With the web interface working and able to control the relays I needed a way to access the web interface. Instead of dragging a monitor & keyboard & mouse out, I chose to use a pocket computer that I have: an iPhone. To use the iPhone I would need to be able to connect it to the Pi wirelessly. Since the Pi would be in the backyard far away from any internet access, the Pi itself would need to act as a WiFi access point.
 
The only USB WiFi adapters I have are the Edimax ones. There are several tutorials out there on how to setup a Pi as an AP and get hostapd running. The stock hostapd that comes with raspbian doesn't support the Edimax, but all the tutorials either provide a custom version of hostapd, or tell you where to download it and compile it yourself. Nothing worked though. The Pi would broadcast the SSID, but whenever I tried to join the network it would always fail.
 
In desperation and with time running out I jumped on Amazon to see if they sold any of the other WiFi adapters that were known to work with the stock hostapd. They had the Panda Ultra with 2 day Prime shipping, so I ordered a couple. When they arrived I plugged one in and after restoring the stock hostapd it worked! Hurray!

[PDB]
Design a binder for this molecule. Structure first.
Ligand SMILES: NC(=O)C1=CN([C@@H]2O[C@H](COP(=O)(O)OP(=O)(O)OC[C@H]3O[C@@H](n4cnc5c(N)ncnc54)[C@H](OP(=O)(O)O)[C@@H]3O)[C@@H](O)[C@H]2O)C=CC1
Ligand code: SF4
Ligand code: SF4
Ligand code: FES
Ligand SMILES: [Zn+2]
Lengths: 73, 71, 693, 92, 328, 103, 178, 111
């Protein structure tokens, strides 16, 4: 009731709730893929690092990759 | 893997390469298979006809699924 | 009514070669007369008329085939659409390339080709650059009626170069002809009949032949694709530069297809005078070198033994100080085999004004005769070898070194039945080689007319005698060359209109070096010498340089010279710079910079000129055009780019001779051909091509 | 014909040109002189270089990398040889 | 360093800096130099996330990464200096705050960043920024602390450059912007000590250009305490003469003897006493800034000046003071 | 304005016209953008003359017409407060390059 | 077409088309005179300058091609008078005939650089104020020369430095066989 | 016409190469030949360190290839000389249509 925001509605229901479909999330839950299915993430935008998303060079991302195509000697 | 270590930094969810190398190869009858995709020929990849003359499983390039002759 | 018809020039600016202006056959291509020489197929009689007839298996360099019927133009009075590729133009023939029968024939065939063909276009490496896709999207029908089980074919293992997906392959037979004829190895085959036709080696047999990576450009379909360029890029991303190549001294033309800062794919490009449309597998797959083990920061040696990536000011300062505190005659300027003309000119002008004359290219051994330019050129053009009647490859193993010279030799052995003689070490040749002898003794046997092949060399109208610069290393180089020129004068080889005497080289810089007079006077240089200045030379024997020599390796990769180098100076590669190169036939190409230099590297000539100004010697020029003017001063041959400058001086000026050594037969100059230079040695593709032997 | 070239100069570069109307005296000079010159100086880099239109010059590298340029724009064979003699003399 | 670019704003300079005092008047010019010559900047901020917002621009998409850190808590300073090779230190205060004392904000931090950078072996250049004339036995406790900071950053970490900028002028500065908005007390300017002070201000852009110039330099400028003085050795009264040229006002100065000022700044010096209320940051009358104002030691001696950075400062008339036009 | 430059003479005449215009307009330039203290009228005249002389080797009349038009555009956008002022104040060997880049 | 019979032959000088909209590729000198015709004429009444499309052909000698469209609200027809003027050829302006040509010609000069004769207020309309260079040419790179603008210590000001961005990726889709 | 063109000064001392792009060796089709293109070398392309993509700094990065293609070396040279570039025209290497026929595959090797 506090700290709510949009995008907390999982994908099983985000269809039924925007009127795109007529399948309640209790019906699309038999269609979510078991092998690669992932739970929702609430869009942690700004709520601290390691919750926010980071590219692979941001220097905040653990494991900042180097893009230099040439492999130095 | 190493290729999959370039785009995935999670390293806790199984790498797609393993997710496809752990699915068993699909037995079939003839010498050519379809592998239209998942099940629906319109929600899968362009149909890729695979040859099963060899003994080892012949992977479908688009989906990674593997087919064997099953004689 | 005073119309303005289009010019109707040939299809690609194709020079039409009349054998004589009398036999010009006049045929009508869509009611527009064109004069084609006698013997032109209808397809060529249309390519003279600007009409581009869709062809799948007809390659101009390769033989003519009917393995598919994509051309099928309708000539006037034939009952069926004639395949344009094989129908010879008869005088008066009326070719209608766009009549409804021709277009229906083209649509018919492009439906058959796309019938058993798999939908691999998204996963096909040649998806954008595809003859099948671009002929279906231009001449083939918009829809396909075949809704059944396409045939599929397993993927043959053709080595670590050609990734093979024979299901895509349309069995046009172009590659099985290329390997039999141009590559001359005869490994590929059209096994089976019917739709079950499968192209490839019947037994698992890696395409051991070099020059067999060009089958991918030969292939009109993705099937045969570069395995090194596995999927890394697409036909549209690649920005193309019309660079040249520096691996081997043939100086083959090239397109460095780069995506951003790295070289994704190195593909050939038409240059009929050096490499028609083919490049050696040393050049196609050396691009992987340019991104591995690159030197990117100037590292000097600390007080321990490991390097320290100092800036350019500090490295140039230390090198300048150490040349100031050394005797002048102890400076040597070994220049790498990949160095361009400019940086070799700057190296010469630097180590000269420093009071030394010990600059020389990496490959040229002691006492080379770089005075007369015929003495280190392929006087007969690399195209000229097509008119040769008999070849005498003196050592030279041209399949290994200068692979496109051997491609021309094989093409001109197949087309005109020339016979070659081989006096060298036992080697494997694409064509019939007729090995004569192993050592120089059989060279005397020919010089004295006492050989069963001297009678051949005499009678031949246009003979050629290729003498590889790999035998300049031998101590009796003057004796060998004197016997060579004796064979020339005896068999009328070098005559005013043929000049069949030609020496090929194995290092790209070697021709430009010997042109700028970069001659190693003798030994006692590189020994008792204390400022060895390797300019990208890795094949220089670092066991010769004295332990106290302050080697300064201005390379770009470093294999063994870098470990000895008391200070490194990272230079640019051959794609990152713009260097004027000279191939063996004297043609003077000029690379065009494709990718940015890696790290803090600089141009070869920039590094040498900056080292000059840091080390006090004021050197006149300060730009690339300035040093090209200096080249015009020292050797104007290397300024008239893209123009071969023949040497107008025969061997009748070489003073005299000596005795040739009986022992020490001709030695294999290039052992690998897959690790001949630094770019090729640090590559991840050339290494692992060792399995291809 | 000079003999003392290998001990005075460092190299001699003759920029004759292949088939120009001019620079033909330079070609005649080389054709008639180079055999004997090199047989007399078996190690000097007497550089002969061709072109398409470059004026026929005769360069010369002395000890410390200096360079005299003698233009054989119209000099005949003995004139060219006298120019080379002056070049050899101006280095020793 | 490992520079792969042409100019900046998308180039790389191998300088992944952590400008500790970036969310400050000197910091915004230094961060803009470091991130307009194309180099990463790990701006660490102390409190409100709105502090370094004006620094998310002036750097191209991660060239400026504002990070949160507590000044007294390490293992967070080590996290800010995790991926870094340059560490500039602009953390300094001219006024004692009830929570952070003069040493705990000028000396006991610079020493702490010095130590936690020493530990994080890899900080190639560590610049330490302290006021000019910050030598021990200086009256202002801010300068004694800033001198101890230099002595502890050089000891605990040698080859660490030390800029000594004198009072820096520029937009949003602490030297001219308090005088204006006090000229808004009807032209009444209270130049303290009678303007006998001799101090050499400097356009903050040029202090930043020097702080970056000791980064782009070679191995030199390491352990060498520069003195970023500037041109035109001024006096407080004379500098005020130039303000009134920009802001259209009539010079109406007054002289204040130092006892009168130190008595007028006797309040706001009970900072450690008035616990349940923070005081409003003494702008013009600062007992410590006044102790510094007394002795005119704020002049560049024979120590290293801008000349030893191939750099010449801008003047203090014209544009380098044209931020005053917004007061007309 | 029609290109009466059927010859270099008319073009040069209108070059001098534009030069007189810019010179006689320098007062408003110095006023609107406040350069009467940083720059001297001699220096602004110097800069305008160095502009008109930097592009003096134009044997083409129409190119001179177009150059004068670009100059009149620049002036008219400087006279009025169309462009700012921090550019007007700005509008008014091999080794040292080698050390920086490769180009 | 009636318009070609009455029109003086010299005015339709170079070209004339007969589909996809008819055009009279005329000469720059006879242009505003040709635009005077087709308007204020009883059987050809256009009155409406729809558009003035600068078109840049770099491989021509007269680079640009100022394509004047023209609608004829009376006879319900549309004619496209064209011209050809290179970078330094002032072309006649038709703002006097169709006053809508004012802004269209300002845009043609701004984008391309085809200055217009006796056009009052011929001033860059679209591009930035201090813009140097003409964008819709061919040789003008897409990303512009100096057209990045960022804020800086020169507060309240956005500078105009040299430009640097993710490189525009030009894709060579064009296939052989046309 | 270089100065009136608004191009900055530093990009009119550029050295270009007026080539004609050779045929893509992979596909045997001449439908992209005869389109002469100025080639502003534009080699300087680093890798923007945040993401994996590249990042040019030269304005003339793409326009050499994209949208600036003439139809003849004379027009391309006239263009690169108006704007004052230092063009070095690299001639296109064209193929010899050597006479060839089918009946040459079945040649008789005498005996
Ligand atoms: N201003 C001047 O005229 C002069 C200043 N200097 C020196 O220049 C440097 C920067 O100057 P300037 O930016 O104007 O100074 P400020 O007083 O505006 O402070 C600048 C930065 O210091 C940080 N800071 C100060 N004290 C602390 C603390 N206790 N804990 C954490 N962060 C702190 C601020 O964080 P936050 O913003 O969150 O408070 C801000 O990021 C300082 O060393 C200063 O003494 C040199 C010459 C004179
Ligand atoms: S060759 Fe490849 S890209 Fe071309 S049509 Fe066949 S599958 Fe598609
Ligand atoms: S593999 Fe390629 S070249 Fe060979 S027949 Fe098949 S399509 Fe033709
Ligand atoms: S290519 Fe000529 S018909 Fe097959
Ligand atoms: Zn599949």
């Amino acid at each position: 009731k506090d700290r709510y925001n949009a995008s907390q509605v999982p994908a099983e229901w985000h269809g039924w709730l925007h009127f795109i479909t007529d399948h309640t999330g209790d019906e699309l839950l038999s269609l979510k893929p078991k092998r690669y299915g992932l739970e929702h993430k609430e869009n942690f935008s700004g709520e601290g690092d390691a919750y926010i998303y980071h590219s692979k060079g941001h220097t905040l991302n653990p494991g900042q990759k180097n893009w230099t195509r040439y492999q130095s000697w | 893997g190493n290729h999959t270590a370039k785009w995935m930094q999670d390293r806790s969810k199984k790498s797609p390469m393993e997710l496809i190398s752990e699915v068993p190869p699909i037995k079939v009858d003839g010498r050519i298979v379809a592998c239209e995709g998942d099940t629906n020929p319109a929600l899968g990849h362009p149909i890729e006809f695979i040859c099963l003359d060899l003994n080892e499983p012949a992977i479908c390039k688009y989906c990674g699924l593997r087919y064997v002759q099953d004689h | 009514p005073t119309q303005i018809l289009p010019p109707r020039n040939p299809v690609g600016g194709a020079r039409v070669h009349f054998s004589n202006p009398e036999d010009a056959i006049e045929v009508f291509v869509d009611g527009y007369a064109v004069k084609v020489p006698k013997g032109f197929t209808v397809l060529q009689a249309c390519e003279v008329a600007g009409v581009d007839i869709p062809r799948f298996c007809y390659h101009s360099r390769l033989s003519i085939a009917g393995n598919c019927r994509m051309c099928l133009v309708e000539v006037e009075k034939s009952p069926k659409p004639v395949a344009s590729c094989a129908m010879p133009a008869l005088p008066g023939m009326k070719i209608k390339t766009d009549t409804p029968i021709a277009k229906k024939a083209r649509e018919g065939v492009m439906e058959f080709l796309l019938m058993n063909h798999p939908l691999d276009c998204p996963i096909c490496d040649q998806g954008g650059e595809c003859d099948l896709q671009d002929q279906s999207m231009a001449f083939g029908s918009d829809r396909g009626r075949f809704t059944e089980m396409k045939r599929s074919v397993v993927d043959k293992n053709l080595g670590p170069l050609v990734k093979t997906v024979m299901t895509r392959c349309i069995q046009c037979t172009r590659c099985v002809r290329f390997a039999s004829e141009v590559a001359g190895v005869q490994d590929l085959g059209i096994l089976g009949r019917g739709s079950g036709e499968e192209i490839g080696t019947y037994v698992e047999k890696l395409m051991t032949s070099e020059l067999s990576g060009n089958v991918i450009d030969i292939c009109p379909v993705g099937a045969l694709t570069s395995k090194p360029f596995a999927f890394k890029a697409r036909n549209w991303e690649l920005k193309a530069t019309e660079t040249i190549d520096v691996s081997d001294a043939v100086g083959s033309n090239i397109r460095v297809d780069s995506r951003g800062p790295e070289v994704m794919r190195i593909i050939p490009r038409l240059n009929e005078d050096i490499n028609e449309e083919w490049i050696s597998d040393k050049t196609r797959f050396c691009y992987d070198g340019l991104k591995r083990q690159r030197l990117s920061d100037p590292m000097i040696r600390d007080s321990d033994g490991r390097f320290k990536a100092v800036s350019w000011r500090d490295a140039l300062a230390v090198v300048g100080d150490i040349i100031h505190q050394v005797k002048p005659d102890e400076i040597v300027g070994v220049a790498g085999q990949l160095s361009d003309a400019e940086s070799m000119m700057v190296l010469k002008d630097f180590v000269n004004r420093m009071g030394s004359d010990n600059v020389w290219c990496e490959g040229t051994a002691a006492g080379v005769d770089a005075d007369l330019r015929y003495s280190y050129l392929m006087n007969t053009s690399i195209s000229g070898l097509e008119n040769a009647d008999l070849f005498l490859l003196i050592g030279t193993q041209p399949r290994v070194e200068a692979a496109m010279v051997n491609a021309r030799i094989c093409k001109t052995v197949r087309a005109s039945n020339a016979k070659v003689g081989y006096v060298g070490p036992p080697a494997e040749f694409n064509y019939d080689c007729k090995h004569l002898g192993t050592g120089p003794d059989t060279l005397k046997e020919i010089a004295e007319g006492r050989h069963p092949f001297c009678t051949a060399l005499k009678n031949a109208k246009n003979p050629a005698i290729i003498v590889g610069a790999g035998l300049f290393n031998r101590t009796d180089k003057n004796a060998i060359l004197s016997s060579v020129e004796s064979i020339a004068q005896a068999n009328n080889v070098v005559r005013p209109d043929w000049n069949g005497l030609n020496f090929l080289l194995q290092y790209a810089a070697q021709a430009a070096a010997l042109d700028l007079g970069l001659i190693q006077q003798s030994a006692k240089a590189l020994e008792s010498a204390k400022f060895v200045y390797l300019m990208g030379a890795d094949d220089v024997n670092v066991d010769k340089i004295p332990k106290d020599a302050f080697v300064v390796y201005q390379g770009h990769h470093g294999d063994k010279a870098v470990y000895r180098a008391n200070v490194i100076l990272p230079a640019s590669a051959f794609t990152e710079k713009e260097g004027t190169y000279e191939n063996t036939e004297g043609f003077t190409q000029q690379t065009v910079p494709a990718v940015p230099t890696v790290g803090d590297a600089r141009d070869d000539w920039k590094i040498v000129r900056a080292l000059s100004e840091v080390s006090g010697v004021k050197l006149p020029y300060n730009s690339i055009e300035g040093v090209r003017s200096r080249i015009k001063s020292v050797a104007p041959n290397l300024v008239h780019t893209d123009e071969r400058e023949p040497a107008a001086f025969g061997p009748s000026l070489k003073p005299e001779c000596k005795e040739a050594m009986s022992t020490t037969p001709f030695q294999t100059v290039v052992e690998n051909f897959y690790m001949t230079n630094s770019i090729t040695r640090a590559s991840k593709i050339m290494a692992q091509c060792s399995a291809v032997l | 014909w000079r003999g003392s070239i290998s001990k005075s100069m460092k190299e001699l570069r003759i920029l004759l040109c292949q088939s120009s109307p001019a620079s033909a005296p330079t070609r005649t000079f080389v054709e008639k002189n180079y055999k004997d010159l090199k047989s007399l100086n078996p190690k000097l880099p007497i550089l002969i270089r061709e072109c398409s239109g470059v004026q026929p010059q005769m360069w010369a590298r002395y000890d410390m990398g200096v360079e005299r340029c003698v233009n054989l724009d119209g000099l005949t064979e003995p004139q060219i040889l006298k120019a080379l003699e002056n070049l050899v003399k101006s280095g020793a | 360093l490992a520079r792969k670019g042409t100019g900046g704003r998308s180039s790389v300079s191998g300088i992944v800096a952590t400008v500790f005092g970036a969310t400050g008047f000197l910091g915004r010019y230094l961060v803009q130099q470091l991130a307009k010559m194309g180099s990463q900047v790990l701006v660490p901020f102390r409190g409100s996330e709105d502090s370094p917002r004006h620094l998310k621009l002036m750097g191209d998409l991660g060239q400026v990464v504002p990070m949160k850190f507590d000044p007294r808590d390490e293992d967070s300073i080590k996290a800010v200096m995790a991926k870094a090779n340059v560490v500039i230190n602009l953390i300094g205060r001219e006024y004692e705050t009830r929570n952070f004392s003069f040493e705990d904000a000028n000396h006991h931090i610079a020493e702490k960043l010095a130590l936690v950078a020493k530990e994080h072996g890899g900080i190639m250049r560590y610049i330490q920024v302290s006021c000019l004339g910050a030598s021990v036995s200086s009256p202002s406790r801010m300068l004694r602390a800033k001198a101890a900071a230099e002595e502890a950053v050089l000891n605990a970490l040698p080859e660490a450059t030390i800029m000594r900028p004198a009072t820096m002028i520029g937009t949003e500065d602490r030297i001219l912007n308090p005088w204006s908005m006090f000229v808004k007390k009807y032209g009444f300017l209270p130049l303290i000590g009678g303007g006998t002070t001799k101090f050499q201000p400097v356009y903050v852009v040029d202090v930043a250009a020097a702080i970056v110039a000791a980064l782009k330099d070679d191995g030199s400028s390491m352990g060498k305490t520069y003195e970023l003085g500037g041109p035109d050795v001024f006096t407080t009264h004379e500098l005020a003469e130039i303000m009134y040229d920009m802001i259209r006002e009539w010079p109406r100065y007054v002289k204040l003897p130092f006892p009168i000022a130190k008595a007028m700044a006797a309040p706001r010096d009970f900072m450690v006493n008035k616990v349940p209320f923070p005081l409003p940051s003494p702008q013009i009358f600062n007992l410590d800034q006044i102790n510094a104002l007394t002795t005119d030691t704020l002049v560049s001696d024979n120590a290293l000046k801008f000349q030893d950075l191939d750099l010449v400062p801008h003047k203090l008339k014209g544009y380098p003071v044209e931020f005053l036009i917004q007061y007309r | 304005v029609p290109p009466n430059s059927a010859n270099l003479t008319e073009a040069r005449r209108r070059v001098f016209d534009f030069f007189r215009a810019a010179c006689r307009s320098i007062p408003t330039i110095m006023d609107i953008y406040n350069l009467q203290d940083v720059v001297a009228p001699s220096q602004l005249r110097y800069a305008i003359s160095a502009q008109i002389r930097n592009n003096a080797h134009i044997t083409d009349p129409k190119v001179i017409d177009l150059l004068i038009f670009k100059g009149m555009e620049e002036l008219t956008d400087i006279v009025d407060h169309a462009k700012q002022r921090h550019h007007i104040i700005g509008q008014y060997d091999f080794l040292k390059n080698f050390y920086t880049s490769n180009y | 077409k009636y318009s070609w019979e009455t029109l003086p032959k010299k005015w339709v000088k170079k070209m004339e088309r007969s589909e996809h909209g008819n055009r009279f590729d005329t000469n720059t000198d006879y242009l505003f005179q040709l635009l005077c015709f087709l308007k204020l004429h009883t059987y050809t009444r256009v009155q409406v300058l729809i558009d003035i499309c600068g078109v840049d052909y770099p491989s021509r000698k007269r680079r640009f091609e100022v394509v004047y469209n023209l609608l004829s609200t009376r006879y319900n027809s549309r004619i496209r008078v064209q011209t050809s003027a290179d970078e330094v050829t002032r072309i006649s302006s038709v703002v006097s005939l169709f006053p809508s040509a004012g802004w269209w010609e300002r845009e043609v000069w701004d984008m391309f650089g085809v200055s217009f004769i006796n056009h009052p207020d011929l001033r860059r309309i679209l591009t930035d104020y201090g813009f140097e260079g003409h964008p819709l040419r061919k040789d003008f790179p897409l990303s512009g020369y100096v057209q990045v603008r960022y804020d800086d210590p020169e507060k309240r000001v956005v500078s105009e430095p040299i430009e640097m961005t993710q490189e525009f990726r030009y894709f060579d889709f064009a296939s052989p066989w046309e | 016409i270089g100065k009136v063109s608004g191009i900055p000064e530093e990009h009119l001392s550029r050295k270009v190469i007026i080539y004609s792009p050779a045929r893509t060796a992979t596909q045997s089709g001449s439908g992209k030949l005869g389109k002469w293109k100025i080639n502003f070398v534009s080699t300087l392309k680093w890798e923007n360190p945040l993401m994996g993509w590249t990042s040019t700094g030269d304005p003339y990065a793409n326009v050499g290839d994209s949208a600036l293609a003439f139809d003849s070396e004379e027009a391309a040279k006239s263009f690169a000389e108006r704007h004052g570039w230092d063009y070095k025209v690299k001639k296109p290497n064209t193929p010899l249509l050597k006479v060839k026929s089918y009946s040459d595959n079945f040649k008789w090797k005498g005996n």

For whatever reason though, only two of the eight things I wired up worked. As I activated each I could see the nichrome wire glow red hot but for some reason the match or the fuse didn't light. I think for next time I will put some resistors on the 12V power to limit the current to the nichrome so it will stay red-hot without vaporizing.
 
Main parts:
  • Raspberry Pi model B
  • AC/DC 9-48V To 1.8-25V 3A Switching power supplies (eBay link)
  • 5V 8 channel relay modules (eBay link)
  • 74HC595 shift registers
  • Detonator - Simple GPIO relay software (github link)

Join The Discussion

+1  Posted by MArk B. • Jul.09.2015 at 10.53 • Reply

Me likes. I was going to do pretty much the same thing two years ago after I got hit in the face one inch from my eye by a rock kicked up by some fireworks. Biggest reason I didn't finish it was the difficulties figuring out what to do for the squibs.

Now to time it with music a lasers.

+1  Posted by ronan • Jul.04.2016 at 10.23 • Reply